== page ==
Demystifying Medicine One Month at a Time

The Madness of Donald Sterling

Like most Americans, I was appalled by the comments that Los Angeles Clippers owner Donald Sterling made about his discomfort with people of color. The National Basketball Association, the league to which his team belongs, quickly levied the harshest possible punishment upon him: a maximum fine and expulsion from the league (via a forced, or heavily pressured sale of the franchise).Azaleas

By now you may have heard that former Microsoft CEO Steven Ballmer has offered $2 billion for the Clippers. Pundits are thunderstruck at the offer, because Sterling purchased the team for a mere $12.5 million in 1981. The highest price ever paid for an NBA team is a bit more than $500 million, which makes Ballmer’s offer look especially outrageous.

As with all media-hyped frenzies, there are aspects of the Sterling saga about which I am curious:

  • Was Sterling baited?
  • Was mistress/girlfriend V. Stiviano paid off to record Sterling’s rant, or did she simply do it out of spite or a quest for justice?
  • What kind of name is “V.”?

Recent reports have indicated that Donald Sterling may have Alzheimer’s dementia. His estranged wife Shelly openly offered Barbara Walters this opinion in a televised interview. News reports from ‘unnamed sources’ indicate that Donald Sterling has been diagnosed by two neurologists as having ‘early’ dementia, and that he may have had it as long as 3-5 years.

Let’s assume that Donald Sterling does have dementia (the same news reports claim that he has been ‘declared mentally incapacitated’). This raises more questions:

  • Is Donald Sterling authentically racist, or were his comments made only from the throes of his affliction?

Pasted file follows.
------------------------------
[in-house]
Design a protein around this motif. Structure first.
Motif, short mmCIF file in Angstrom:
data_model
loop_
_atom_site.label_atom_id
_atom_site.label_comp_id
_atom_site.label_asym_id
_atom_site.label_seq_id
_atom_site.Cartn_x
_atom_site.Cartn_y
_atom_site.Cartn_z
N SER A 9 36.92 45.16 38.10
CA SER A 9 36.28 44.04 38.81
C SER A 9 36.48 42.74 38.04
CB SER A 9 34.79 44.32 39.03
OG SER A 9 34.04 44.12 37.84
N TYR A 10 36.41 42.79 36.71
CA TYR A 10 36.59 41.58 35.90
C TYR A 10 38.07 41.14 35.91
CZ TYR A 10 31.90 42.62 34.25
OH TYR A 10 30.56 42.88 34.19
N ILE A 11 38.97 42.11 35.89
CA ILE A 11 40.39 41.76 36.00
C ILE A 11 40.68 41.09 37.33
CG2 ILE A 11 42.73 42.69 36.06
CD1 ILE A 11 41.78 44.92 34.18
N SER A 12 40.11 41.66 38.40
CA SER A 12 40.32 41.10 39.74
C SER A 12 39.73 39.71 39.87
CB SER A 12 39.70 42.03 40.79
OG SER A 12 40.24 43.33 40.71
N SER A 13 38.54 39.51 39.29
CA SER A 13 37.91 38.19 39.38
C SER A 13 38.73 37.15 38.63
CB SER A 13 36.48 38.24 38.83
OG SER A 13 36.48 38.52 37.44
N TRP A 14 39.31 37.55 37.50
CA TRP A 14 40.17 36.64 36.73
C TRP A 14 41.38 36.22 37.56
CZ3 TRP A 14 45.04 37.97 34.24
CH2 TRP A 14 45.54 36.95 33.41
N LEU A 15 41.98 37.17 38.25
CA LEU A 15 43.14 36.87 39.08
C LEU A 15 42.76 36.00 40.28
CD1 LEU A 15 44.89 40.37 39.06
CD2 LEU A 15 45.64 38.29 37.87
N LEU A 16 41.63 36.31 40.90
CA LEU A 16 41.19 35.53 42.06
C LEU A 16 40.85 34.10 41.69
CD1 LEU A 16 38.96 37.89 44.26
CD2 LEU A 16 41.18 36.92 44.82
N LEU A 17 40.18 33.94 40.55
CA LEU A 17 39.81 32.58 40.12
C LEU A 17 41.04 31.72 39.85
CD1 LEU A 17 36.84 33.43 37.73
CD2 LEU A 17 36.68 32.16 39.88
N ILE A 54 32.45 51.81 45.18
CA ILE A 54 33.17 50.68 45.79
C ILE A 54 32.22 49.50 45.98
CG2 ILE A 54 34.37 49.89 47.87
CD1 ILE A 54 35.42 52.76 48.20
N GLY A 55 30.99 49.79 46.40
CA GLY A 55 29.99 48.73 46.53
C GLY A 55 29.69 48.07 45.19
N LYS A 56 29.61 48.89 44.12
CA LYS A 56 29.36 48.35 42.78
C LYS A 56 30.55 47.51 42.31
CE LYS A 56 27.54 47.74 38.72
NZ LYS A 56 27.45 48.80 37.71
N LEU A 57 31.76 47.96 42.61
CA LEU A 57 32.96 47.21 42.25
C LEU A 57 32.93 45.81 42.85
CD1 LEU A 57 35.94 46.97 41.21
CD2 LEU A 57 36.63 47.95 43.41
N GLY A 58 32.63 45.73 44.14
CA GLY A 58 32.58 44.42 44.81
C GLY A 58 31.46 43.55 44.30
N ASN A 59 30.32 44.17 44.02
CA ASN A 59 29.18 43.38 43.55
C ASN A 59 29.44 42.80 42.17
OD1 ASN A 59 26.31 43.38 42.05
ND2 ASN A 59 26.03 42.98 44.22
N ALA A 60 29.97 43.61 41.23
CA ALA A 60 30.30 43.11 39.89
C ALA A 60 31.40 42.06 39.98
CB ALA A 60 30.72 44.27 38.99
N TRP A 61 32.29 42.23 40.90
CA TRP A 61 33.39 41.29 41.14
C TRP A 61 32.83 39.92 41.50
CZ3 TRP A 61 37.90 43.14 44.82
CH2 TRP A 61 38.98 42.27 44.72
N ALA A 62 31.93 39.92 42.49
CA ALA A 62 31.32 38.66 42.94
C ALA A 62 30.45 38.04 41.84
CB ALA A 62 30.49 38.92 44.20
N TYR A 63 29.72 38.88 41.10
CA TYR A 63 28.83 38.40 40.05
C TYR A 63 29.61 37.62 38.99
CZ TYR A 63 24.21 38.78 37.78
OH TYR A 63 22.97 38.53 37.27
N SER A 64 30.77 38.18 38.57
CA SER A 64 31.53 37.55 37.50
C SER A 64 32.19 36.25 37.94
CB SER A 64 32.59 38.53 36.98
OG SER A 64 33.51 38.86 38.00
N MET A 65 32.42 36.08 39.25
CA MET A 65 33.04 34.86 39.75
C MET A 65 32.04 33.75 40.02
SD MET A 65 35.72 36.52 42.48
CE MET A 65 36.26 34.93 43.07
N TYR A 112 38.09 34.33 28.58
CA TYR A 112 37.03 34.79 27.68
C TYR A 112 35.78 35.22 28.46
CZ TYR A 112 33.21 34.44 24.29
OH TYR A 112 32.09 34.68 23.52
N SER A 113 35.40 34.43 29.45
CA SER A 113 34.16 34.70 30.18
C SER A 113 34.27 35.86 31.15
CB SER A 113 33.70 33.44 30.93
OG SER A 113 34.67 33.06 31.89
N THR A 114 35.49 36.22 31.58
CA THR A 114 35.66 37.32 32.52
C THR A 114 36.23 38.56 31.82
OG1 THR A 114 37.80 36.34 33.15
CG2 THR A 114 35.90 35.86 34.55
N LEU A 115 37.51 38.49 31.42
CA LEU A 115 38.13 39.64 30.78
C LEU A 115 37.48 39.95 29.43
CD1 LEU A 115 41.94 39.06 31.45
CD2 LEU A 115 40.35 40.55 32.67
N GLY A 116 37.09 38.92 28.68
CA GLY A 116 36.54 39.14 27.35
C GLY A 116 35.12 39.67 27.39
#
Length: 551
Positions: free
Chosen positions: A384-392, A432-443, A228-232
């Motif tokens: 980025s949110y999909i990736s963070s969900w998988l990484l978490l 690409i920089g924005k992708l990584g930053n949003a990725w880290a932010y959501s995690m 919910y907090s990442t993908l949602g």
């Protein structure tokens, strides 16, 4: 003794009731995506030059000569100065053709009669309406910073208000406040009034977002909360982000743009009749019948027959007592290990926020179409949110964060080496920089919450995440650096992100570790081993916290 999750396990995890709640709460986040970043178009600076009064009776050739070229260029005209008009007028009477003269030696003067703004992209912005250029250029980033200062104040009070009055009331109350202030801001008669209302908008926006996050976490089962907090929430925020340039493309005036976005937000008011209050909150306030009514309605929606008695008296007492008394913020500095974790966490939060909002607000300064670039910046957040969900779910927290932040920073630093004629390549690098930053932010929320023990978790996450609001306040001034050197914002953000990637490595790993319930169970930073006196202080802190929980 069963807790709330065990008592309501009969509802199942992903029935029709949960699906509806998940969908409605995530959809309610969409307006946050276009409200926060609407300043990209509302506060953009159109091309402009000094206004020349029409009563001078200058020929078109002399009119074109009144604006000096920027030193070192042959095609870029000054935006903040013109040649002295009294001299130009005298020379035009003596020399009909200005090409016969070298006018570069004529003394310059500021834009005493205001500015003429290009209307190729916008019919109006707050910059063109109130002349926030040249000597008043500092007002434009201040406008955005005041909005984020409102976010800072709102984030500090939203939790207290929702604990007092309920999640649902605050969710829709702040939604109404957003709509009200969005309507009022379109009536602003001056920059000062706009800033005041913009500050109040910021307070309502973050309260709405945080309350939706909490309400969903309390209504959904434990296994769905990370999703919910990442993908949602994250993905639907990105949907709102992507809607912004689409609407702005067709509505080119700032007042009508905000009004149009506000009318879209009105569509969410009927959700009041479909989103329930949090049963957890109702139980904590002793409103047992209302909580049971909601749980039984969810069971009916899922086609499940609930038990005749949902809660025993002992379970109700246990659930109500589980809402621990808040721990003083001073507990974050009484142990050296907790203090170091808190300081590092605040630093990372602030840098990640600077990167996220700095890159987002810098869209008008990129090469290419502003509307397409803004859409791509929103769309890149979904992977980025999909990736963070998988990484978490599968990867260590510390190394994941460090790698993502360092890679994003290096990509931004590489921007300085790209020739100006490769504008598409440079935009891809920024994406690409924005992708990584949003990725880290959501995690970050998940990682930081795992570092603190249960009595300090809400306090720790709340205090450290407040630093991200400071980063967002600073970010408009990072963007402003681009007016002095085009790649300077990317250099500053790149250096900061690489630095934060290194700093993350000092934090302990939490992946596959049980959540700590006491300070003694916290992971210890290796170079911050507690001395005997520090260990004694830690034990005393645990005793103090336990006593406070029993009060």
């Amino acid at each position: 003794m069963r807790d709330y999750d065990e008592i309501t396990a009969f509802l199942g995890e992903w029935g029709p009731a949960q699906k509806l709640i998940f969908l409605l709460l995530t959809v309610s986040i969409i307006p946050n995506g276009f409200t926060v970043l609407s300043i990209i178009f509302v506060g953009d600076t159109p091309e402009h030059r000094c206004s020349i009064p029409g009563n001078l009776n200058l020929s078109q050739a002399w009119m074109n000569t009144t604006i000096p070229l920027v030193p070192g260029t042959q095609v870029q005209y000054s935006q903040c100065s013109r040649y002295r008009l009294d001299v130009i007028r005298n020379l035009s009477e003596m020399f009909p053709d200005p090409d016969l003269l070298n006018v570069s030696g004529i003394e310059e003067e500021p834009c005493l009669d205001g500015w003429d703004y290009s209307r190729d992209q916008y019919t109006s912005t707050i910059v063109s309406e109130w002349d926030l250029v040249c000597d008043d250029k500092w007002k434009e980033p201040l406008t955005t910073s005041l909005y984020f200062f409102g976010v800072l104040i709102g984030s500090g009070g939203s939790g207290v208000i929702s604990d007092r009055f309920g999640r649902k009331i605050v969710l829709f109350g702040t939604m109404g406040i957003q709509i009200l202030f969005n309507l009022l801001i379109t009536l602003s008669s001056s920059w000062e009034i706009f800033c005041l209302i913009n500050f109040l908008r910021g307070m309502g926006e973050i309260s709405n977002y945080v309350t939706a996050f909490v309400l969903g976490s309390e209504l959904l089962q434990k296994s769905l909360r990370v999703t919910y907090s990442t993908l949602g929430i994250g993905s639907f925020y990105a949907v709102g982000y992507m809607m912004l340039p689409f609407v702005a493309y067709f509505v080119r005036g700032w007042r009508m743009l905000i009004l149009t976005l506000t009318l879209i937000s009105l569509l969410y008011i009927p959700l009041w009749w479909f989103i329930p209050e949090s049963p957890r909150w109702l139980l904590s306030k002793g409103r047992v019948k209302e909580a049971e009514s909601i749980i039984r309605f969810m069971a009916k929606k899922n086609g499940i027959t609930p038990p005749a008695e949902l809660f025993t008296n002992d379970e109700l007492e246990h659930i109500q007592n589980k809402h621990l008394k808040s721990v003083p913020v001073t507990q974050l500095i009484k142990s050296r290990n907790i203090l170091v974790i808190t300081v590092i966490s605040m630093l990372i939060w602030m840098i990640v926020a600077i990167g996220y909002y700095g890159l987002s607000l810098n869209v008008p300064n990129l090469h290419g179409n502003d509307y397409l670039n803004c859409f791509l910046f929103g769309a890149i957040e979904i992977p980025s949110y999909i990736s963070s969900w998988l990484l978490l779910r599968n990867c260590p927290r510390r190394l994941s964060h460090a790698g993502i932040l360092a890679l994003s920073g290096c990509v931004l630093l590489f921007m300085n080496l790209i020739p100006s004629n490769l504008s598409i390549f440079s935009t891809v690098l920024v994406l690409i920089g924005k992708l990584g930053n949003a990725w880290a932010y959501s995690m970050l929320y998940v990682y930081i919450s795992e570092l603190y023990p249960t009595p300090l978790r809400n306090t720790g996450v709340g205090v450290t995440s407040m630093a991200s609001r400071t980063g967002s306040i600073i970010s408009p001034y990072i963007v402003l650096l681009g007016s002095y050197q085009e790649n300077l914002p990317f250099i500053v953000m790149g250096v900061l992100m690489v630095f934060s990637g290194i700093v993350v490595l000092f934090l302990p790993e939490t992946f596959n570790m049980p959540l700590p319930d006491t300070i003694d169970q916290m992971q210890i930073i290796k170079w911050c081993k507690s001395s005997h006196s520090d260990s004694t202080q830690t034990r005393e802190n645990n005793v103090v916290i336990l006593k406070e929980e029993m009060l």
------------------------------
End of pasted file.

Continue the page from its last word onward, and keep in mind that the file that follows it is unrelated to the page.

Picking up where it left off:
• How accountable should Sterling be if his mind is playing tricks on him?
  • And again: Where is the threshold through which someone crosses into dementia?

1 Comment

  1. BRUCE KIMZEY, J.D. (@ICUPatient)

    I can speak to my own experiences during the 17 days I was afflicted by ICU delirium. I was 54 years old then and, like most people my age, was raised by parents who were not racist by the standards of their time, but who still spoke about blacks, Mexicans etc in stereotypical ways, referred to African-Americans as this old “boy” or “this colored fella”. I like to think I am more enlightened and not a racist. But when I was in delirium I reverted to about the level of my parents combined with a heavy dose of paranoia. Thus, I believed that the man who shaved my body for CABG was a legless dwarf and that he pimped for the Asian nurses who took care of me. I don’t recall any of this – it’s only what I’ve been told. So I think you don’t have to have dementia to experience a regression of your racial attitudes.
    ICU delirium is a vastly under-diagnosed condition, one which I have undertaken on Twitter and elsewhere to help provide some enlightenment. But my own experience tells me that if, at 54, I could ‘revert’ to more racist tendencies that an 80 yr-old who grew up in even more racist times could be expected to say some inappropriate things without meaning harm. People assume that everyone ho can put a few sentences together is completely lucid but I know that this isn’t so.

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